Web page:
water Winthrop spent the night of August 26, 1853, is now a highly 
respected citizen of Pittsburg, Pa. His active part in public affairs 
in the Territory of Washington during the years 1852 to 1855 make 
his recollections of Winthrop and the " Citizens' Road " of especial 
interest and value: 


"My acquaintance with Winthrop was limited to one delightful 
night in the Nahchess Pass, but as I was afterwards secretary to General 
(then Captain) McClellan, and as McClellan, George Gibbs and I were 
together in the same old shack in Olympia for several months, my 
recollections may have some interest. 

"A chapter in 'Canoe and Saddle' tells of Winthrop's visit to my 
camp in the Nahchess Pass. His description of the camp is very good, 
and his description of the scenery of the Pass is worthy of the highest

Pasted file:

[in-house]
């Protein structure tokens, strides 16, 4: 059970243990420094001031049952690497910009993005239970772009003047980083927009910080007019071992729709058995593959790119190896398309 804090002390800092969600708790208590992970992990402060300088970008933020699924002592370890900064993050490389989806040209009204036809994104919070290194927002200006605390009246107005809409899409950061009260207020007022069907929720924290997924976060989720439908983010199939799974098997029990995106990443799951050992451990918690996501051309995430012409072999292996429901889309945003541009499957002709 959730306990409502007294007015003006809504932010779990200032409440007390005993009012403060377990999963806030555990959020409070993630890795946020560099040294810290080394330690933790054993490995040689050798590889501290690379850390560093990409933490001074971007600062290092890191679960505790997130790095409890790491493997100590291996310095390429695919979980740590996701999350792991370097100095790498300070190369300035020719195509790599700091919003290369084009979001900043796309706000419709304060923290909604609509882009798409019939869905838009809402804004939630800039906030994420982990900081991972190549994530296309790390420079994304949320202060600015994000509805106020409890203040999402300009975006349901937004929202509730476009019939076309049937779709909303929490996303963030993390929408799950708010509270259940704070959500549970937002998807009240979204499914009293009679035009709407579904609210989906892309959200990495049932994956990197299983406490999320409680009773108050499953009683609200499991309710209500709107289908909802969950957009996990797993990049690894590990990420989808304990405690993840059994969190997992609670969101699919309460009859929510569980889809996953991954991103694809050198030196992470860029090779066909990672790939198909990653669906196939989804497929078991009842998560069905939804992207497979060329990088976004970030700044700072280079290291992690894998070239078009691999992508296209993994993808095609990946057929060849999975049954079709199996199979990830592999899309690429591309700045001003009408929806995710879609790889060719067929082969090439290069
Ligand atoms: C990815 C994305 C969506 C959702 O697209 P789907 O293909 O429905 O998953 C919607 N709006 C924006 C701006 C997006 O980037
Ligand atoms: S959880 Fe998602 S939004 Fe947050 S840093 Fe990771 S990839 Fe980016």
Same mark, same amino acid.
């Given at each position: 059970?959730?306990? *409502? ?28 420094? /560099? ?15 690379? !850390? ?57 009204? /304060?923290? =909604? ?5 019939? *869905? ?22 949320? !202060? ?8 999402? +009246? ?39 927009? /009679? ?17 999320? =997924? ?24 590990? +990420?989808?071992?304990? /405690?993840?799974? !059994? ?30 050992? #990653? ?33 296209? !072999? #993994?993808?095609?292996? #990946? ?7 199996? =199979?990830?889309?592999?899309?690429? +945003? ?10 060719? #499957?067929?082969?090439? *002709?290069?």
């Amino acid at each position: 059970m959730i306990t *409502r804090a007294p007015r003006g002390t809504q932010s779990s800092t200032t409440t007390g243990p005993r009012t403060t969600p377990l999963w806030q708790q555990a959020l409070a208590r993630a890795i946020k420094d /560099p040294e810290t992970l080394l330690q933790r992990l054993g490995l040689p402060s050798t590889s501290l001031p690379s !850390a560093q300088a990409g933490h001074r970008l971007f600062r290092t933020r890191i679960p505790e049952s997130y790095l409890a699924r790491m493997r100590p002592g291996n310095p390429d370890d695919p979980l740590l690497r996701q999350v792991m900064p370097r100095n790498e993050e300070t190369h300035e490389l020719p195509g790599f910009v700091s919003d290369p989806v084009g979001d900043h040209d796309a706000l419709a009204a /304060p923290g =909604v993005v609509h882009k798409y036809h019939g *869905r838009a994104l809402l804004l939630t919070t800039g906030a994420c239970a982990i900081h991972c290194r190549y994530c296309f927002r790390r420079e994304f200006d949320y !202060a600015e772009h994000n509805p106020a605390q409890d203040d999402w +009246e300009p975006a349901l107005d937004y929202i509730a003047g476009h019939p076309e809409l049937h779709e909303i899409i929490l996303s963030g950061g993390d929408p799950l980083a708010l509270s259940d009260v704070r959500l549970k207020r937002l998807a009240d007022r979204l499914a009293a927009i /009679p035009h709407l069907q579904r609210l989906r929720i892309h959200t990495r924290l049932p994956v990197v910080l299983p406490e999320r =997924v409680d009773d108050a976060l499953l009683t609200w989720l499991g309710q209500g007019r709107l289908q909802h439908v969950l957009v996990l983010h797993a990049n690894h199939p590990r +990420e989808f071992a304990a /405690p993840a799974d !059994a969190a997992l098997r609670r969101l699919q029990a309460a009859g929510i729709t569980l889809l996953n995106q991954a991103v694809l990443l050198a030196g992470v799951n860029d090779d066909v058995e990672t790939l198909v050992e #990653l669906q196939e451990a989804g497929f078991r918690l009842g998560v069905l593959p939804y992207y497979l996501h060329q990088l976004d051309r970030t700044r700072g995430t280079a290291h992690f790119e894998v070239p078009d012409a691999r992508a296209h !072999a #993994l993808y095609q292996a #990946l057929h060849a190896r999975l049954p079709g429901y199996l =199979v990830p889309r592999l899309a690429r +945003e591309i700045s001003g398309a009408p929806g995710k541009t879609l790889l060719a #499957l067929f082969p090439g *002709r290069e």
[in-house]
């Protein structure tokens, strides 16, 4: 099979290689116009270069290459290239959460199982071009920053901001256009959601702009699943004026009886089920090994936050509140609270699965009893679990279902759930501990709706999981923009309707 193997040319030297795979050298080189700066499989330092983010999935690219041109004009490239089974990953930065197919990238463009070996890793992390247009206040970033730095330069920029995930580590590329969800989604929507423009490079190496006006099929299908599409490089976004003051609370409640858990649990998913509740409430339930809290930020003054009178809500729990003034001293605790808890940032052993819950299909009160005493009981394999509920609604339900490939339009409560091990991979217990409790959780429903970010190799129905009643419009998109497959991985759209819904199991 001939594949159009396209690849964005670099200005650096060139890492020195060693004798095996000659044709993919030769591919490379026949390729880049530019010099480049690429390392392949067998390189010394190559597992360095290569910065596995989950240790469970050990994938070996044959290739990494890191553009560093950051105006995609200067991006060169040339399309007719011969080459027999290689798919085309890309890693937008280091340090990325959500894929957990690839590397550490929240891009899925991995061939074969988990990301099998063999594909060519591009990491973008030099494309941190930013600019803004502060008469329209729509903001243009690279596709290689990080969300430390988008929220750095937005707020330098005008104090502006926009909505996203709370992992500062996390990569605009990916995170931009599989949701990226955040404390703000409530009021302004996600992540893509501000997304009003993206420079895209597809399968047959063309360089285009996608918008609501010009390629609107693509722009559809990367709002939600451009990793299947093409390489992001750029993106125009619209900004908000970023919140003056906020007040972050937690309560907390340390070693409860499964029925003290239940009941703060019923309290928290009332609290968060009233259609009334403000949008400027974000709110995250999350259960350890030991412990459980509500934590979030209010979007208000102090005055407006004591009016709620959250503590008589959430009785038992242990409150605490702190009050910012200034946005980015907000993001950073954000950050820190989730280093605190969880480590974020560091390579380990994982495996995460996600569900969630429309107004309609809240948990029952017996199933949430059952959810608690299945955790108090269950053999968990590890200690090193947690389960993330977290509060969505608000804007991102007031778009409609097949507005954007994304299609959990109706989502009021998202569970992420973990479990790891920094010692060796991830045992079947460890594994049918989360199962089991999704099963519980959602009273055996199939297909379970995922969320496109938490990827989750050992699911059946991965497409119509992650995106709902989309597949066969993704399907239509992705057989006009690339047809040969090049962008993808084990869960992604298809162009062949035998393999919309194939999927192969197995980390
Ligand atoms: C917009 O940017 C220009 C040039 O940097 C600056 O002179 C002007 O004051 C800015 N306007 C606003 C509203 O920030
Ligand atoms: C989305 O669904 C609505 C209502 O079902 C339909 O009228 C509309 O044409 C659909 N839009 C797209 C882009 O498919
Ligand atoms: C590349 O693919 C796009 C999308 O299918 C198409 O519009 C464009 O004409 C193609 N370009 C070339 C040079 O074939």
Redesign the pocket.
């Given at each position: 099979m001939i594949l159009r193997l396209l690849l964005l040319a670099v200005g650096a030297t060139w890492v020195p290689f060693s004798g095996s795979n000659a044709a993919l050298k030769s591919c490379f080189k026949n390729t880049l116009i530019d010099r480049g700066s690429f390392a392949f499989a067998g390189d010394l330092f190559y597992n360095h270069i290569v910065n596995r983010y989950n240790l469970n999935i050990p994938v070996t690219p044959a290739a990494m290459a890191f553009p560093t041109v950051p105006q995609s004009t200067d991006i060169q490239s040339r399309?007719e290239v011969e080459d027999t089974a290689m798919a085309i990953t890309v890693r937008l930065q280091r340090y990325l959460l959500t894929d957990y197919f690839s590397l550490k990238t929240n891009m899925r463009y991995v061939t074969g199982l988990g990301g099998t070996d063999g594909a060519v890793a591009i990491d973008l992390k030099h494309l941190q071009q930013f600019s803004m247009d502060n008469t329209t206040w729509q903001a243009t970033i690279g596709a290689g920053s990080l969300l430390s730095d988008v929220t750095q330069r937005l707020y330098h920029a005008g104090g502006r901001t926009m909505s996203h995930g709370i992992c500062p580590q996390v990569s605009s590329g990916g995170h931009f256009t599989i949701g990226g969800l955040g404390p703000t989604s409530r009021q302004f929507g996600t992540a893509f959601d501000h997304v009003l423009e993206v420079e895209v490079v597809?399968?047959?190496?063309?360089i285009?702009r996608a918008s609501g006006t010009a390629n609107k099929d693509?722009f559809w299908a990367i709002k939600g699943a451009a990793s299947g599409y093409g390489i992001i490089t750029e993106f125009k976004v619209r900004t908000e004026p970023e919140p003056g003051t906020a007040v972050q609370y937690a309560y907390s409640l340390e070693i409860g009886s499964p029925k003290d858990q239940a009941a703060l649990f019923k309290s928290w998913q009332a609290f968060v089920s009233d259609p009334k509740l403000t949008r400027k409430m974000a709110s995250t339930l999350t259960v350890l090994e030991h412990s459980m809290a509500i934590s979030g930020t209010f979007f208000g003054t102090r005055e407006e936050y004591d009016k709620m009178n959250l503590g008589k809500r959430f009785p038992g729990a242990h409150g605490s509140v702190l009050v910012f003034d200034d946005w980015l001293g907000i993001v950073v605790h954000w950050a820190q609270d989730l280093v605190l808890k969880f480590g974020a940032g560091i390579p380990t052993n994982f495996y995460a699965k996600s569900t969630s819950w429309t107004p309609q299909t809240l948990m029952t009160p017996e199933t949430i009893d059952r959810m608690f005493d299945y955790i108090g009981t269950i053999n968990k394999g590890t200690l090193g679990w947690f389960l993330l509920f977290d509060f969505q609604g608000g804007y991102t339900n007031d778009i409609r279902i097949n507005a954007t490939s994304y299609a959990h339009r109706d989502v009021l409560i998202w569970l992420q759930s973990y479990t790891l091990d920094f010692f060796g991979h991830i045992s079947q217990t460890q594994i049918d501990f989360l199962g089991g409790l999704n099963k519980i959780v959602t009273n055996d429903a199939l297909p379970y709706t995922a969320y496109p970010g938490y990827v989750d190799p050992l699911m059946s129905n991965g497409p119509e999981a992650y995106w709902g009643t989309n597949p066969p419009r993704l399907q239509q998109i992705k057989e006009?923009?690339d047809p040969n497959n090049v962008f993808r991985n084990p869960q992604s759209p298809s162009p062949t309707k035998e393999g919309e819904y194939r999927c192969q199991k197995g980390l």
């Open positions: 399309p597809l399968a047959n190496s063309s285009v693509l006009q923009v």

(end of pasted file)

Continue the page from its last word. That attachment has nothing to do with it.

praise. He bunched us all together as a whole; detail might have im- 
paired the rare literary flavor. I personally was red shirted, and a 
pair of buckskins about completed my mountain wardrobe. While 
I was the possessor of an ill-earned degree, I was negligible as a wood- 
chopper; and save for a high appreciation of my grand environment, 
I did not fit into the scene. The fine literary sense of Winthrop staged 
the camp as a whole, and forgave my own lack of woodcraft, or over- 
looked it. 

"A nearly all-night talk under the same blanket developed some 
tastes in common, and made me cognizant of his subtle companionship 
with nature, though I did not suspect his powers of expression. It 
was not etiquette, in those days, to ask a man's name when not volun- 
tarily given. Indeed, that it was Smith in one locality was no guaranty 
that it had not been Jones in another. So I never knew until years 
afterward, when I read the chapter in 'Canoe and Saddle,' who had 
been my guest of a night. When I went up to New Haven to see my 
youngest boy matriculated at Yale, I did not want to go to his apart- 
ments before going to the cemetery where Winthrop lies buried. 

"At the time of my meeting with Winthrop, the Indians were in 
that unrest which some two years later resulted in the Indian war and 
the descent of the Klickitats and Yakimas upon the settlements. For